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November 7, 2012

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Be careful with scooters, foreigners told

CITY traffic police are reminding foreigners, especially students, to be careful while riding their two-wheelers and ensure that the scooters and mopeds they use are safe and licensed.

The warning comes after a foreign student on a scooter was injured in a collision with another rider in Yangpu District on Monday.

Police said it's quite common to see the students riding the scooters, usually without a license plate, in Yangpu which is home to several universities.

The district police declined to disclose details about the injured foreign student, saying the investigation is ongoing.

Both riders suffered slight injuries in the Monday accident, police said, adding the scooter had no plate.

"Many foreign students like to buy the scooters and drive them fast," said Li Bin, a squad leader with Yangpu traffic police. "It's very dangerous."

So far police have reported about 10 cases of such traffic violations involving foreign students riding scooters, which led to several accidents.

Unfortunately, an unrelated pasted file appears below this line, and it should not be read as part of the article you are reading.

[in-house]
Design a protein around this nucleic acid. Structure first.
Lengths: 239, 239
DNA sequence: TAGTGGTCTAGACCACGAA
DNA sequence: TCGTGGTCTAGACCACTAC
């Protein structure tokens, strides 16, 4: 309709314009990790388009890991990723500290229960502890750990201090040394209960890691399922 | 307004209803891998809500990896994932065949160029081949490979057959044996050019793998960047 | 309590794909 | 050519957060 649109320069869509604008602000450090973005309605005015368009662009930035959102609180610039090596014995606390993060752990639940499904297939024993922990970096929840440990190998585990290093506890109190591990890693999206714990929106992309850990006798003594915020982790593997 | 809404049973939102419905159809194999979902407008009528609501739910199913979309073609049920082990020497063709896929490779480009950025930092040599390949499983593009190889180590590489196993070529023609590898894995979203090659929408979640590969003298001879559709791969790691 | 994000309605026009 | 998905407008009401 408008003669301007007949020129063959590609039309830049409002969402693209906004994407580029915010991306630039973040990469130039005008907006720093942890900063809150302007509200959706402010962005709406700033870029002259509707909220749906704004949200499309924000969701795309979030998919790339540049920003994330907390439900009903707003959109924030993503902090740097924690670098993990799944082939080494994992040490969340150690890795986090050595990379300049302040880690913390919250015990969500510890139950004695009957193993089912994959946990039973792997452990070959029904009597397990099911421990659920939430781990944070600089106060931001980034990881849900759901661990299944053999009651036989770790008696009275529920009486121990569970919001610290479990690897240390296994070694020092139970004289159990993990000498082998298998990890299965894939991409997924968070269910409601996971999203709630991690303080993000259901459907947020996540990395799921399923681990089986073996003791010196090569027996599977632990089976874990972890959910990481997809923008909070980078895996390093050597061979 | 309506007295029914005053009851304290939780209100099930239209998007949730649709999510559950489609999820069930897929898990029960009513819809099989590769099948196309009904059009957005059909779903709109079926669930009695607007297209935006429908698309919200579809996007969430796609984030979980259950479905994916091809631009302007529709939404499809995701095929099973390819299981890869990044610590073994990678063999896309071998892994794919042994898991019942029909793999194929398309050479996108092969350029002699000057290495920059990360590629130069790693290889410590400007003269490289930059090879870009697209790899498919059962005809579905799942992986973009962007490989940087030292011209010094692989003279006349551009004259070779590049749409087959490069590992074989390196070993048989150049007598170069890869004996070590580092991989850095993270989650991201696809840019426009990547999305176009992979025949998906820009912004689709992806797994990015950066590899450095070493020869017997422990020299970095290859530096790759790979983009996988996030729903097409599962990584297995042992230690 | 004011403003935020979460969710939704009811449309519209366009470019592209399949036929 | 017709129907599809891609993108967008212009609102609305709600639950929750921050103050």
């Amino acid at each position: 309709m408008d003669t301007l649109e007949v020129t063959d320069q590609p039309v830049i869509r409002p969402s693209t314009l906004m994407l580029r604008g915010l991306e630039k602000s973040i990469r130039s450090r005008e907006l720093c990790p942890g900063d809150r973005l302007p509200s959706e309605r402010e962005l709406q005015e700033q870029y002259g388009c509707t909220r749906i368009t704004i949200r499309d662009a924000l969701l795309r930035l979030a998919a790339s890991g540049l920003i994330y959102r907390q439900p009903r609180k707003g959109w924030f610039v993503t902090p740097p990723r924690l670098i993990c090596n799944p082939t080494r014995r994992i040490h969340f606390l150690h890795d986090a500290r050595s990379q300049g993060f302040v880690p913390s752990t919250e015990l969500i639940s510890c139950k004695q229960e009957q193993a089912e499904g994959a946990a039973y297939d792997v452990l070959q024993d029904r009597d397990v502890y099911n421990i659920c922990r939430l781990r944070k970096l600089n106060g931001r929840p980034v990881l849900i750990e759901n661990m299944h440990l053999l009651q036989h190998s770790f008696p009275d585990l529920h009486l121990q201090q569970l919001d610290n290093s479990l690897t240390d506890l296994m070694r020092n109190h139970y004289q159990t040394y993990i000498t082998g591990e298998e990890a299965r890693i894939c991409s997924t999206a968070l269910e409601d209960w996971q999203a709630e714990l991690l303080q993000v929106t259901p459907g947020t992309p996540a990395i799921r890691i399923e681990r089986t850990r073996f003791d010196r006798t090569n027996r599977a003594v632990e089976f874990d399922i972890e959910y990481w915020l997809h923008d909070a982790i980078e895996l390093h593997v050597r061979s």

The unlicensed vehicles were confiscated by police.

Li said some of the scooters, which are essentially low-power mopeds and therefore don't require a license, have been modified to be more powerful and therefore fail to pass police checks.

Traffic police said they had to go to the school campuses to educate the students and caution them against dangerous driving.

The incidents of drag racing, which had caused many sleepless nights for neighboring households, have since seen a decrease, police said.

However, foreigners seem quite used to not having a motorcycle plate.

"No one told me that you need a license plate for a scooter," Kim Joe-nam, a South Korea student at a local university, told Shanghai Daily. He had his scooter's structure refitted but did not change the engine. He was once caught by traffic police and fined 200 yuan (US$32) because of the unlicensed vehicle.

The city now has more than 13 million mopeds, scooters and motorcycles.


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